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I love poetry, but I hide it like a teenager with acne because poetry is so unloved. Unloved, unread, unmonetary, and much, unreadable. Because everyone’s a poet. So it gets a bad rep.

That or poetry is hidden tightly in elite circles who define the taste of poetry like secret chefs, except the result is circles of expression closing tighter and tighter.

So, yes, there is bad poetry. Sorry. There just is.

Yes, there is stratospheric poetry because some of the icons of the medium are icons for good reason. They can take you with words to places you can’t even fathom. One lilt from their pen and you are swooning in prosody.

Then there is literary poetry. Defined as the definition of good poetry, literary poetry is, sorry to say it, mostly dry. Technically proficient in those ever closing circles of judgement, but as dry as the dust in the corner of your closet.  That’s why when someone comes along who is technically proficient and makes us care, we ooh and ahh. But it shouldn’t be that hard. It wasn’t back in the time of great poets. We have poet laureates, but who of those will be remembered as say a Rimbaud, or a Borges?

But I’m here to write about my poetry. My poetry does not meet modern literary standards (though my future poetry might,  considering Claudia Rankine’s stream of consciousness-like book, meaning some writing is still open for judgement.) My poetry is not bad (sorry bad poetry writers, but there is a difference.) Neither is my poetry of “literary” quality. First, I did not get an MFA and carefully create literary alliances as necessary. But mostly it’s because my rhythmic structure (in most poems, though I write a large variety of types) relies on assonance. I fell in love with the sound of language and literary rules told me that informal rhymes are the plague. I write both rhyming and free verse, by the way, but I have to tell you, when I read some of the past greats formal rhyming structure I hold back a gag. Of course, that could be why they are out of style now.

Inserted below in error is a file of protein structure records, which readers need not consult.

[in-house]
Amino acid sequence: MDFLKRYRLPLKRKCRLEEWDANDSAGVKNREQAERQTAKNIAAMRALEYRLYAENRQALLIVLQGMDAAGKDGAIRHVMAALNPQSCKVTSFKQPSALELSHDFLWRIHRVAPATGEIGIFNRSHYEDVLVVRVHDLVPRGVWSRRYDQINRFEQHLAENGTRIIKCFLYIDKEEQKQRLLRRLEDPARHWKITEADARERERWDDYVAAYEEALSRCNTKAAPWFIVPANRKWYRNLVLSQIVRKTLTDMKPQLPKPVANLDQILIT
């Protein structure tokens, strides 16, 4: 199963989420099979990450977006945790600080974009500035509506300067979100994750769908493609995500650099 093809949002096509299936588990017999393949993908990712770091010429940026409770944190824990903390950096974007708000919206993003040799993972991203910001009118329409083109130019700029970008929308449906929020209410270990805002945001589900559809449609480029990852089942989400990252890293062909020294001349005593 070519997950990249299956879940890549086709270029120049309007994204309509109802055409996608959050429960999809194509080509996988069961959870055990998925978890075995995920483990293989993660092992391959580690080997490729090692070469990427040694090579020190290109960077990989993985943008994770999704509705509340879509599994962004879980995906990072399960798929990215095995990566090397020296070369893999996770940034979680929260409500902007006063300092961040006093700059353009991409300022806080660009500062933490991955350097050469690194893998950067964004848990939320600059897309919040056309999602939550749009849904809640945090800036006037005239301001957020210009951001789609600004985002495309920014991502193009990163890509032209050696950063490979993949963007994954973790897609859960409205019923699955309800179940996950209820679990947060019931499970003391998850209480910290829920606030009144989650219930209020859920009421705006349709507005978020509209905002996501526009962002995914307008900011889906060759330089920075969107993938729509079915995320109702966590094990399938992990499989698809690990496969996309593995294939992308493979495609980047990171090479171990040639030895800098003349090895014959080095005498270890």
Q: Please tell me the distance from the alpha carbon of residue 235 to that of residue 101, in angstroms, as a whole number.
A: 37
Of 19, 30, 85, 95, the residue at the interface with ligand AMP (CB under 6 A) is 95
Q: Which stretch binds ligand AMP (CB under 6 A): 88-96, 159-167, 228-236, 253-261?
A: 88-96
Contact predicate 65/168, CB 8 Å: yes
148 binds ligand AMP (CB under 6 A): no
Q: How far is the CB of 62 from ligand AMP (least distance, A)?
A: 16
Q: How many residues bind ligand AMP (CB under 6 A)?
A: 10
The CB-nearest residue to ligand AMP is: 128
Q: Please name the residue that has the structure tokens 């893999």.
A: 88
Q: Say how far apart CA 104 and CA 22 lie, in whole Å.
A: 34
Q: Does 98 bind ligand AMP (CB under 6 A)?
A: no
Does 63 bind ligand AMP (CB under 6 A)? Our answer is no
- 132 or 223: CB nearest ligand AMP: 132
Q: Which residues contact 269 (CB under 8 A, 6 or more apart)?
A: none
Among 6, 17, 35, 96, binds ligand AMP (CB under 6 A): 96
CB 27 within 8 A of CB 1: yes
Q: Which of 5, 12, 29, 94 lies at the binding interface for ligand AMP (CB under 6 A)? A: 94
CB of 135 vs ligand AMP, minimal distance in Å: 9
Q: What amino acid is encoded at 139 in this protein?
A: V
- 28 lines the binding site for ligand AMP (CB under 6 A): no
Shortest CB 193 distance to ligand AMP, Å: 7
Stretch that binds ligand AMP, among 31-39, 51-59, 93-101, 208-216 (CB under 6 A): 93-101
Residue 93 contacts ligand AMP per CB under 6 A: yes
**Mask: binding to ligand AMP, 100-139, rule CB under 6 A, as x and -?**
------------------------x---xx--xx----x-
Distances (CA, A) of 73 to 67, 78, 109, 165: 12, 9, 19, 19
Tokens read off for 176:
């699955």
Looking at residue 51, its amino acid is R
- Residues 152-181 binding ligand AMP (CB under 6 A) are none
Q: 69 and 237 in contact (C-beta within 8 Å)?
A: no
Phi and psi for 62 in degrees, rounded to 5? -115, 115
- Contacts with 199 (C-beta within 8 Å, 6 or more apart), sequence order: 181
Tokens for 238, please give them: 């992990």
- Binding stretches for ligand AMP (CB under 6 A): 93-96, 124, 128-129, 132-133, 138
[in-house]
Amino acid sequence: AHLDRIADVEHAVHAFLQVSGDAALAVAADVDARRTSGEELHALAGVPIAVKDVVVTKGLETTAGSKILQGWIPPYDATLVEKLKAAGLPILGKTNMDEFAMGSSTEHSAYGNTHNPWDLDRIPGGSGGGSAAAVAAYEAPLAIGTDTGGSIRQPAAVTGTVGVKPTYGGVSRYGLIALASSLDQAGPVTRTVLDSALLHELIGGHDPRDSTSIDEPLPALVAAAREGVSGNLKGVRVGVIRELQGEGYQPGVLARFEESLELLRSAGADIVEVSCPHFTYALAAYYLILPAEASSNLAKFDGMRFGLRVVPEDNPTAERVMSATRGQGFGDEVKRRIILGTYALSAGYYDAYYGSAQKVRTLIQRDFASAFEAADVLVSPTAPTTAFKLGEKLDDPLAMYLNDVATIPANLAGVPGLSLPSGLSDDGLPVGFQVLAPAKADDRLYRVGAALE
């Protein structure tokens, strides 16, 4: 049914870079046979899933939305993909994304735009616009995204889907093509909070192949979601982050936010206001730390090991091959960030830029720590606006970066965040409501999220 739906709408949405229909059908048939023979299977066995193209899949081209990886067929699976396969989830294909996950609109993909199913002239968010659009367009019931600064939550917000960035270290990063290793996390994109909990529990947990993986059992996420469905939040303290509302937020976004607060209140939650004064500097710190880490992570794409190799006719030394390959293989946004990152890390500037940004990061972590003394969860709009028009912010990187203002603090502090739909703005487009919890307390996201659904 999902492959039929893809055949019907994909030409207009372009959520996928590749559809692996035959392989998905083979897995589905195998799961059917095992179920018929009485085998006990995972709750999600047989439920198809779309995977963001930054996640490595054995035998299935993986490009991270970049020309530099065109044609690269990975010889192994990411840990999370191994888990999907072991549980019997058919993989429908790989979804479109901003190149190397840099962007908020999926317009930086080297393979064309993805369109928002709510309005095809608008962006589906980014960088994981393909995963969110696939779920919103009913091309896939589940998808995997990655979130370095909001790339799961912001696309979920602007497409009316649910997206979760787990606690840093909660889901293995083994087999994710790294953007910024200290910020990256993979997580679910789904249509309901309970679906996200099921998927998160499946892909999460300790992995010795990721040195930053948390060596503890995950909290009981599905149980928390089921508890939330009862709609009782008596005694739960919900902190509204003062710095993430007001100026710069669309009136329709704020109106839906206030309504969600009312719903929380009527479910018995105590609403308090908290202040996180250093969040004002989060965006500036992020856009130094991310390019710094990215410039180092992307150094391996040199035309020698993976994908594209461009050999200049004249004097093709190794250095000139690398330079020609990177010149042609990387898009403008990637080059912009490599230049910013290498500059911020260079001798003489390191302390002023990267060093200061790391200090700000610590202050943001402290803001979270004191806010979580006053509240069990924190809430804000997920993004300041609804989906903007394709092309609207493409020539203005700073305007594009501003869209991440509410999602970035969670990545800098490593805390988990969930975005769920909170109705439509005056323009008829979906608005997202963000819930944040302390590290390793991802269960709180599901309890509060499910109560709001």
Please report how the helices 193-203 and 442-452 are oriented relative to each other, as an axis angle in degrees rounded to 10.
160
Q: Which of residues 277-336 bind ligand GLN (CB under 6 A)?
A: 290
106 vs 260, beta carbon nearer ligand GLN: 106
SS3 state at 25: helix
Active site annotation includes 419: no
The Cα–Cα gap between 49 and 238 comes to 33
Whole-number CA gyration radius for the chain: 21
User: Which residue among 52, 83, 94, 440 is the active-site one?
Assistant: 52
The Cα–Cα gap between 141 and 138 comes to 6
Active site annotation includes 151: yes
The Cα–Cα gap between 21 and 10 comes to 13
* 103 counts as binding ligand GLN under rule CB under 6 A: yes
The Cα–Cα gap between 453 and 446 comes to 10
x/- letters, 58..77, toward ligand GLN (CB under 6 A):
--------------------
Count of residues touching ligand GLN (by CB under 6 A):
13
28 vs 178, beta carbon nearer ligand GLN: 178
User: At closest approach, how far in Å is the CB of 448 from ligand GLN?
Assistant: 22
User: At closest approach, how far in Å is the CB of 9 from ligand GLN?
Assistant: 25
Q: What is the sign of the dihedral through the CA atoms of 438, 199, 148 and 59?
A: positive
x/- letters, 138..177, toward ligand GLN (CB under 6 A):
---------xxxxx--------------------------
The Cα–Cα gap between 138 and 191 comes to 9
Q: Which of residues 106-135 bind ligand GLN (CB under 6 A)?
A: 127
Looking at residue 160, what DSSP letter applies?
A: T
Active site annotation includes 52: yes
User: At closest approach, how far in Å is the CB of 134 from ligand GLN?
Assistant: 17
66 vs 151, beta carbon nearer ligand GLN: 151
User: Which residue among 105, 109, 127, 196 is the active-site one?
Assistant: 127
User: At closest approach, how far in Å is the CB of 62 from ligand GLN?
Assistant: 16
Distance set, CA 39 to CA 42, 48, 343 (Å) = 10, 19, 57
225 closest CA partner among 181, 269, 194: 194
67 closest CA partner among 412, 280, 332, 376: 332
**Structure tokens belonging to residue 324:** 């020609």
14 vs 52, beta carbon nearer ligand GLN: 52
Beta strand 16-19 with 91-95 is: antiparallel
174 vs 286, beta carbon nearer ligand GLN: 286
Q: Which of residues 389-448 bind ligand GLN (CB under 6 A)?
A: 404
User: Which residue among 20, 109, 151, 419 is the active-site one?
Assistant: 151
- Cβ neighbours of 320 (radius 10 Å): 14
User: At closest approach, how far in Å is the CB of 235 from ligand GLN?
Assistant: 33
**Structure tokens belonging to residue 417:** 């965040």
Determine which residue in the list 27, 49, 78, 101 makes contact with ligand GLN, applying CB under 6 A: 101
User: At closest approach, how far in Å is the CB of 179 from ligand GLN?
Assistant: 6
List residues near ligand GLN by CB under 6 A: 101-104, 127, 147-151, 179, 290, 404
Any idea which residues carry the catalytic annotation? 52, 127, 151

Anywho, I love the flow of words and the flow of the sound. Assonance to me carries me over and through ocean tides. So many of my poems rely on it. Other of my poems are like stakes through the heart. They hit you and you can’t breathe. Those are my kind of readers. Readers that want an experience when they read poetry. Readers that want to be moved in some way by what they read. Or even left going, “Oh my god, what the hell was that?” To me, poetry sings when it is able to do this.

I write other kinds too. After all, I am a writer and the writing takes me where it takes me, but be very clear: I slave over ever line and word in my poems until there can be no more and I have to release it. So everything there is damn well meant to be there. Period.

Of course now I am thinking, “Good god, what poem could I possibly put up after this tirade?”

I chose this relatively at random. From Heavy Bags of Soul.

Kings

Wound with your scars
Because they run deep,
Dream away little boy,
See if you can sleep.

Afraid I’ll eat you little boy,
Like your mother did before,
Drain you to dust,
Make you cry for more,
Scraped and gnawed, hungry.
Did you ever know what for?

Every star, all other stars,
Bow in infinite compassion
At your horror’d fascination,
For what a little man
Cannot yet understand.

To be saved from such joy—
Pretend that sleep will come.
Dance away little boy,
You’re so graceful when you run.